Witch-Hunt by Marc Aronson
Mysteries of the Salem Witch Trials

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Salem, Massachusetts, 1692.
In a plain meetinghouse, a woman stands before her judges. The accusers, girls and young women, are fervent, overexcited, just on the edge of breaking out into convulsions. The accused is a poor, unpopular woman who had her first child before she was married. As the trial proceeds, the girls begin to wail, tear their clothing, and scream that the woman is hurting them. Some of them expose wounds to the horrified onlookers, holding out the pins that have stabbed them -- pins that have appeared as if by magic. Are the girls acting, or are they really tormented by an unseen evil? Whatever the cause, the nightmare in Salem has begun: The witch trials will eventually claim twenty-five lives, shatter the community, and forever shape the American social conscience.
Acclaimed historian Marc Aronson sifts through the facts, myths, half-truths, misinterpretations, and theories around the Salem witch trials to present us with a vivid narrative of one of the most compelling mysteries in American history. Witch-Hunt is a brilliant book that will stimulate and challenge readers to come to their own conclusions about what really happened during those terrifying months of accusations, trials, and executions.

About Marc Aronson

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Marc Aronson is the author of the critically acclaimed Sir Walter Ralegh and the Quest for El Dorado, winner of the ALA's first Robert L. Sibert Information Book Award for nonfiction and the Boston Globe-Horn Book Award. He has also written Art Attack: A Brief Cultural History of the Avant-Garde. A passionate spokesperson for young-adult literature, he has written many articles on the subject that have been published in two collections, the most recent of which is Beyond the Pale: New Essays for a New Era. He has won the LMP Award for editing and has a PhD in American history from NYU. The publisher of Cricket Books at Carus Publishing, he lives in Maplewood, New Jersey, with his wife and son.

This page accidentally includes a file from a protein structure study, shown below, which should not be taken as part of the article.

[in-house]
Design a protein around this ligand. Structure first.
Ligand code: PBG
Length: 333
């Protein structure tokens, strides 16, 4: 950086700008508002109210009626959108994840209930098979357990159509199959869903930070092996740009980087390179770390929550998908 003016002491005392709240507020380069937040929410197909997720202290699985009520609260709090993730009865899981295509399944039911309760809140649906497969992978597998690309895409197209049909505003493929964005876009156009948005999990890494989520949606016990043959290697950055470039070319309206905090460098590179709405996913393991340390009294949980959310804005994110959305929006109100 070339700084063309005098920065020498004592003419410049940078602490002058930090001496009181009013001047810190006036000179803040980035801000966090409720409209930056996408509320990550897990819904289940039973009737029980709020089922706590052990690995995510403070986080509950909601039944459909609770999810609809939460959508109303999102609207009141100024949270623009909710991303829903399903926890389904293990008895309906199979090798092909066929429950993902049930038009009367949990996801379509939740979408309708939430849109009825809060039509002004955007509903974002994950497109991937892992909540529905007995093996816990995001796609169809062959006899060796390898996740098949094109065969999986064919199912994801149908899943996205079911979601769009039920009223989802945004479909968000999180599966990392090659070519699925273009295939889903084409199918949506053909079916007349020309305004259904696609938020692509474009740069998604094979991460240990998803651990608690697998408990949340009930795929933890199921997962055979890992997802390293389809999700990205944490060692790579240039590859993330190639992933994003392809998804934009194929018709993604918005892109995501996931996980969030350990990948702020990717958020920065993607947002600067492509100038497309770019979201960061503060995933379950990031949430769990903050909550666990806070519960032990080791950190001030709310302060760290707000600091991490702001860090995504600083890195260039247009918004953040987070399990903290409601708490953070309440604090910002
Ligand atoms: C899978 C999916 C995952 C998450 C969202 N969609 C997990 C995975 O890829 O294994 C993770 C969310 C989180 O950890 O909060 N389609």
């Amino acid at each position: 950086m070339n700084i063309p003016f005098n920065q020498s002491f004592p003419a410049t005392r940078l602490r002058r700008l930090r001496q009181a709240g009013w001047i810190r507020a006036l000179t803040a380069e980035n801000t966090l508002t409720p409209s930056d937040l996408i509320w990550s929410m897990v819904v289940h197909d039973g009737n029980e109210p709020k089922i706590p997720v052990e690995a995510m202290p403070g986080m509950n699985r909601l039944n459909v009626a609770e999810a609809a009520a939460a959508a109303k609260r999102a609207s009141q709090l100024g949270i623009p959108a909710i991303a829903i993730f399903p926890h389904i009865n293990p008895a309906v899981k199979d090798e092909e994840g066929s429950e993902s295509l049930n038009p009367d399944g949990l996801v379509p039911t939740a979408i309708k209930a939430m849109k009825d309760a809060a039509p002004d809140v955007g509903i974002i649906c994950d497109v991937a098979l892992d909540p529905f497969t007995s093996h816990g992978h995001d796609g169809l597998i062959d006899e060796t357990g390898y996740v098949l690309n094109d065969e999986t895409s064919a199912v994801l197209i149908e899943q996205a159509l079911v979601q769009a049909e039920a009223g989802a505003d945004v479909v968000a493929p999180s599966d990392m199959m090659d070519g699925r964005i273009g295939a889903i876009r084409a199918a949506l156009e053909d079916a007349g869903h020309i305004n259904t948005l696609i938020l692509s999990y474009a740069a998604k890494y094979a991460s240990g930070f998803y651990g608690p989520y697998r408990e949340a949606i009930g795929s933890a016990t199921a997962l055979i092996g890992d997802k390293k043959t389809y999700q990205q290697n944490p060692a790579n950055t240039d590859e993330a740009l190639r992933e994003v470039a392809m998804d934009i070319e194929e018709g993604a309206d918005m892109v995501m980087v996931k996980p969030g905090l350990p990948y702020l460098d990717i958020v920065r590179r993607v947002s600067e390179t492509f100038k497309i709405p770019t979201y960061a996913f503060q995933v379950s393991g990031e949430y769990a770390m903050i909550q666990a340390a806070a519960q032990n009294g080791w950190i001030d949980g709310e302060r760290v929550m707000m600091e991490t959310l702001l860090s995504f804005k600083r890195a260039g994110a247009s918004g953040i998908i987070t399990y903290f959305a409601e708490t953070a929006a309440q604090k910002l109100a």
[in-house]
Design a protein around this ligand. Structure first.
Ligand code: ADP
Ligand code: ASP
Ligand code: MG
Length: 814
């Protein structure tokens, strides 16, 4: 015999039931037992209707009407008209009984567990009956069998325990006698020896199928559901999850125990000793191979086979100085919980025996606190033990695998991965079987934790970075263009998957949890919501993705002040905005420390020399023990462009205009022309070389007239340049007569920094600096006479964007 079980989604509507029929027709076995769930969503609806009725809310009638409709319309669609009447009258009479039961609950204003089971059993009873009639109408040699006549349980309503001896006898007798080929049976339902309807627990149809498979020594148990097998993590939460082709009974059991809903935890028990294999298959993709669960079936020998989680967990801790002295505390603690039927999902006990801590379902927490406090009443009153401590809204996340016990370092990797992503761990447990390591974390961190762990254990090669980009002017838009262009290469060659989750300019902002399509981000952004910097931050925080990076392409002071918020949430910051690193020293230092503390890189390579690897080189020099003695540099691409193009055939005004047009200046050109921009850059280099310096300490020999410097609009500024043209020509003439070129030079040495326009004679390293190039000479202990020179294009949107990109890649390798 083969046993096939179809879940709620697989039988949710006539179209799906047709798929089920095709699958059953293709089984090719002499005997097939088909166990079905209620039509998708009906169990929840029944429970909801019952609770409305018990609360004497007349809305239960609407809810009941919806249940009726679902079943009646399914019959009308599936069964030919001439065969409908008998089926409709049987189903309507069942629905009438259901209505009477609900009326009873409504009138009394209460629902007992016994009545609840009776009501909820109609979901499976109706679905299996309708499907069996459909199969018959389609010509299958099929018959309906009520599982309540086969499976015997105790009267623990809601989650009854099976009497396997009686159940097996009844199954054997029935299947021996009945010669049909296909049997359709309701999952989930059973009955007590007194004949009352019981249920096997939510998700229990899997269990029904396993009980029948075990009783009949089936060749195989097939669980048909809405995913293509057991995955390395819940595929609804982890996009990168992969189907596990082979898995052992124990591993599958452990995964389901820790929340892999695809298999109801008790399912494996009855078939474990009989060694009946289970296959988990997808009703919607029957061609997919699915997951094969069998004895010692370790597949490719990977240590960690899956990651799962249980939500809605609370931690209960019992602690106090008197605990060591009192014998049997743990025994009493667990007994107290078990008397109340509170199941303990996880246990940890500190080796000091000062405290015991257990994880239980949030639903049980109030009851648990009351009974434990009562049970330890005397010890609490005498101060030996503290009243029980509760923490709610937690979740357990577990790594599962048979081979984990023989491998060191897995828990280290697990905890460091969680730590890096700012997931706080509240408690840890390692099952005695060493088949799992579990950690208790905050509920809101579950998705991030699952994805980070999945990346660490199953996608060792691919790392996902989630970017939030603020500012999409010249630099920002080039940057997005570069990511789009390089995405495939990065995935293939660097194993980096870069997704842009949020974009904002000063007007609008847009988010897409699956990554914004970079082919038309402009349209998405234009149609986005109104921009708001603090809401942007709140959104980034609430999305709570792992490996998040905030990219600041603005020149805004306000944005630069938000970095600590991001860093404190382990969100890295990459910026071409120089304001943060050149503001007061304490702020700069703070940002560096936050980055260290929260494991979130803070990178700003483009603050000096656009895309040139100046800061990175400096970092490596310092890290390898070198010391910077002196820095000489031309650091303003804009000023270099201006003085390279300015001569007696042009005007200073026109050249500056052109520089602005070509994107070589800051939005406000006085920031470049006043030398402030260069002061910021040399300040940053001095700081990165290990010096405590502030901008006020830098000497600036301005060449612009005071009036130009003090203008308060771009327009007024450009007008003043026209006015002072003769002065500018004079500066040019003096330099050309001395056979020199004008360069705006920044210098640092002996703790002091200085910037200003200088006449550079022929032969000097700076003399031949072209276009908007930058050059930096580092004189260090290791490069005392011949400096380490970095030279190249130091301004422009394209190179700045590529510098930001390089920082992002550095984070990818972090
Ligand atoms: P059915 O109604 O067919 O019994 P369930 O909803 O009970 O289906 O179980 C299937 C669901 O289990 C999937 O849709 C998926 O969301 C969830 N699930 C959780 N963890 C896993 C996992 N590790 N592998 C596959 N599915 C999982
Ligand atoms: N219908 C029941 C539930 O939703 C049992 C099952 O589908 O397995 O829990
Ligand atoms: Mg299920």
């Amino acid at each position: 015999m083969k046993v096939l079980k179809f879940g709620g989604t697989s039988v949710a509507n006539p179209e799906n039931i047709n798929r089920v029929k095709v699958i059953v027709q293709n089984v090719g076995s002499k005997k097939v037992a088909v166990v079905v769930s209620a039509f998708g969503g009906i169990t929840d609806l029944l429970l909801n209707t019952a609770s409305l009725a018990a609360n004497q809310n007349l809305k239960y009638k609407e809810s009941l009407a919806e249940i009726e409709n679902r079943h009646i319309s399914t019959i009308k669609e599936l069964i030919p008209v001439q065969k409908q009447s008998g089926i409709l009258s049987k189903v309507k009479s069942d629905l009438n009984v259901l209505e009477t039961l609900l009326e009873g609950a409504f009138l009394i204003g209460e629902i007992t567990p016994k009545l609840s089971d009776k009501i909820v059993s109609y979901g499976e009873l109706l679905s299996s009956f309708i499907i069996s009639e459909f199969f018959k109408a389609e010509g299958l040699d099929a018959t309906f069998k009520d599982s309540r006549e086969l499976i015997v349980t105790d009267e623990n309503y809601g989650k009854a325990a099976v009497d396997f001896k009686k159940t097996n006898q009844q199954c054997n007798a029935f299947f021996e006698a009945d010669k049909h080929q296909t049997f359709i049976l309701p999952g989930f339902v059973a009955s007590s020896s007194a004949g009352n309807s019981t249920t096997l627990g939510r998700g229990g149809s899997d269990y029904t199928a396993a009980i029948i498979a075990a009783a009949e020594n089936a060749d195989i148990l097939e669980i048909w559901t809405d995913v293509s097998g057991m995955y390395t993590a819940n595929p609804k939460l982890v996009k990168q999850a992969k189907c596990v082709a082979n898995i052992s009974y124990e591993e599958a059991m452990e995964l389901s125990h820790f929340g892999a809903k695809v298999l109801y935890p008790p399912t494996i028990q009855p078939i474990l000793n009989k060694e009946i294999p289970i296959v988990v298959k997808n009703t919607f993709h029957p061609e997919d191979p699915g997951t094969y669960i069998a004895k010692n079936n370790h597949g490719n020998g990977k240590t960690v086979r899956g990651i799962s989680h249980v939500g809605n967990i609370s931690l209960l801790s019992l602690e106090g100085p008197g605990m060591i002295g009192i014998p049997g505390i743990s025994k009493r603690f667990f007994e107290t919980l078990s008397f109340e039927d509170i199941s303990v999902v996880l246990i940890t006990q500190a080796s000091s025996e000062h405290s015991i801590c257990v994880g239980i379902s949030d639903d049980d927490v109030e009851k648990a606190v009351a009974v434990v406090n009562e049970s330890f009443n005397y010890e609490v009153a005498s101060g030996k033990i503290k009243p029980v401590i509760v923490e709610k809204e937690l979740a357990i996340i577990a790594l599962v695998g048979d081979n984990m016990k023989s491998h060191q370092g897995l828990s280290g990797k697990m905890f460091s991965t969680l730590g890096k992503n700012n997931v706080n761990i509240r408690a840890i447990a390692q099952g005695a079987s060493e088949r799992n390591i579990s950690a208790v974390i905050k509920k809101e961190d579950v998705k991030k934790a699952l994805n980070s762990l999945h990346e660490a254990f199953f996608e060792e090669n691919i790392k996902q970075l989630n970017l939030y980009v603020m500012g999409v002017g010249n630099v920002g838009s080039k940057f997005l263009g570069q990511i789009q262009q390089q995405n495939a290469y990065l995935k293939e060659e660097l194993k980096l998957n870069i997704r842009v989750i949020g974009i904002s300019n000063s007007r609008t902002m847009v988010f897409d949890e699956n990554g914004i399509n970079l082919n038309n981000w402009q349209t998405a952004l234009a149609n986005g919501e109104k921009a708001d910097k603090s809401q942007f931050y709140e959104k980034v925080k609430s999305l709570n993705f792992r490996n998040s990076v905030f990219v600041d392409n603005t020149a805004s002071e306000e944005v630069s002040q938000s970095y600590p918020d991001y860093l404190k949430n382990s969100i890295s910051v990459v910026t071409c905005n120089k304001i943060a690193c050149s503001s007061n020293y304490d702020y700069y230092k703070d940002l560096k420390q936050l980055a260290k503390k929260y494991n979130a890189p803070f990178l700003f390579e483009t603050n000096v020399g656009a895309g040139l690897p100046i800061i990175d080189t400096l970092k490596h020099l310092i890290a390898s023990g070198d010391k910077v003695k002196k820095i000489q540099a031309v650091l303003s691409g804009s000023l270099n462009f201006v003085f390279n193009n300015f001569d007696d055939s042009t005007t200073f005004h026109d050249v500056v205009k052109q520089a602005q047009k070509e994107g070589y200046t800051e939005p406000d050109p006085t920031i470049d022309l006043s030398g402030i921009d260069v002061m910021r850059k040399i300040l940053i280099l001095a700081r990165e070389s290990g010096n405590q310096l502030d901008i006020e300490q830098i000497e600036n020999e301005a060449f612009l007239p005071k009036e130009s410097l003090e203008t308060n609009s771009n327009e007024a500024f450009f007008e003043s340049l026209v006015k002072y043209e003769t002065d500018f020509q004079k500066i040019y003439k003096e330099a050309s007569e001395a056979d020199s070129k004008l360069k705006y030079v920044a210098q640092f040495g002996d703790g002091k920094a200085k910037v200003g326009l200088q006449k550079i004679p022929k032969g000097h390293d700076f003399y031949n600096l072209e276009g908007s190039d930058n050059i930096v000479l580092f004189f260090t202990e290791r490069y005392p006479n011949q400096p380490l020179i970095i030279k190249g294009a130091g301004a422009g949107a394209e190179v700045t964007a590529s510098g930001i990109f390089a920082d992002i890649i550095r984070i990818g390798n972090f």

Published August 1, 2005 by Perfection Learning. 272 pages
Genres: History, Education & Reference, Young Adult, Children's Books. Non-fiction

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Kirkus Reviews

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The Salem witchcraft hysteria in 1692 was a time when “a group of individuals acted as a pack to attack and destroy others,” and the question ever since has been how it happened and why.

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Publishers Weekly

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In a starred review, PW wrote, "The author dramatically and convincingly sets the stage for the now infamous 1692 Salem witch trials, then ably deconstructs much of the misinformation that has been perpetuated through popular theories and personalities (e.g., Tituba, etc.)."

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Teen Reads

He also notes some of the discrepancies, such as the fact that the slave known as Tituba was not black but more likely an Indian.

Dec 02 2003 | Read Full Review of Witch-Hunt: Mysteries of the ...

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